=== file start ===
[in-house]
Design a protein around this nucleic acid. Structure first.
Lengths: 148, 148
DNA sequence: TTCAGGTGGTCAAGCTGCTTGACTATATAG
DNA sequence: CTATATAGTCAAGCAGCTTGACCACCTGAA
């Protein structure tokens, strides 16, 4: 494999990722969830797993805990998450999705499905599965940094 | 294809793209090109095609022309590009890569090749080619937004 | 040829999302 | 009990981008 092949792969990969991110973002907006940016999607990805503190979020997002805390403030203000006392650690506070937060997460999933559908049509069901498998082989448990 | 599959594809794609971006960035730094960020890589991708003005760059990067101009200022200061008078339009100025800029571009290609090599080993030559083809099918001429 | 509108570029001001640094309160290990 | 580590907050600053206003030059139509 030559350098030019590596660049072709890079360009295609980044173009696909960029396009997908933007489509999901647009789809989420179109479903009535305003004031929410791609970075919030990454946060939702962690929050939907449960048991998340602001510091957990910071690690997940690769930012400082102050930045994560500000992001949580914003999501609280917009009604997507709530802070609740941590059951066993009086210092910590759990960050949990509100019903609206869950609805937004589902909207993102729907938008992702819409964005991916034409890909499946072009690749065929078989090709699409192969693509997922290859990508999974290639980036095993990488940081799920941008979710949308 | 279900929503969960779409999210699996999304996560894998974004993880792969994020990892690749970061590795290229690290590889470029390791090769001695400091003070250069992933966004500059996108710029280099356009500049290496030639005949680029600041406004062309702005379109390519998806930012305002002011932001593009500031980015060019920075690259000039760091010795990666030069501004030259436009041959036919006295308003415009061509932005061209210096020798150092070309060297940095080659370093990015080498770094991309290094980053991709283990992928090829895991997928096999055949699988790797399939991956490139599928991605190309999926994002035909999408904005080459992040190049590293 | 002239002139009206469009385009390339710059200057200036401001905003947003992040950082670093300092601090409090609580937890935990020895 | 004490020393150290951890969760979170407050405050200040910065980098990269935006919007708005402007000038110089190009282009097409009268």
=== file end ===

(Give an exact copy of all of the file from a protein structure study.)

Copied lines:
[in-house]
Design a protein around this nucleic acid. Structure first.
Lengths: 148, 148
DNA sequence: TTCAGGTGGTCAAGCTGCTTGACTATATAG
DNA sequence: CTATATAGTCAAGCAGCTTGACCACCTGAA
């Protein structure tokens, strides 16, 4: 494999990722969830797993805990998450999705499905599965940094 | 294809793209090109095609022309590009890569090749080619937004 | 040829999302 | 009990981008 092949792969990969991110973002907006940016999607990805503190979020997002805390403030203000006392650690506070937060997460999933559908049509069901498998082989448990 | 599959594809794609971006960035730094960020890589991708003005760059990067101009200022200061008078339009100025800029571009290609090599080993030559083809099918001429 | 509108570029001001640094309160290990 | 580590907050600053206003030059139509 030559350098030019590596660049072709890079360009295609980044173009696909960029396009997908933007489509999901647009789809989420179109479903009535305003004031929410791609970075919030990454946060939702962690929050939907449960048991998340602001510091957990910071690690997940690769930012400082102050930045994560500000992001949580914003999501609280917009009604997507709530802070609740941590059951066993009086210092910590759990960050949990509100019903609206869950609805937004589902909207993102729907938008992702819409964005991916034409890909499946072009690749065929078989090709699409192969693509997922290859990508999974290639980036095993990488940081799920941008979710949308 | 279900929503969960779409999210699996999304996560894998974004993880792969994020990892690749970061590795290229690290590889470029390791090769001695400091003070250069992933966004500059996108710029280099356009500049290496030639005949680029600041406004062309702005379109390519998806930012305002002011932001593009500031980015060019920075690259000039760091010795990666030069501004030259436009041959036919006295308003415009061509932005061209210096020798150092070309060297940095080659370093990015080498770094991309290094980053991709283990992928090829895991997928096999055949699988790797399939991956490139599928991605190309999926994002035909999408904005080459992040190049590293 | 002239002139009206469009385009390339710059200057200036401001905003947003992040950082670093300092601090409090609580937890935990020895 | 004490020393150290951890969760979170407050405050200040910065980098990269935006919007708005402007000038110089190009282009097409009268």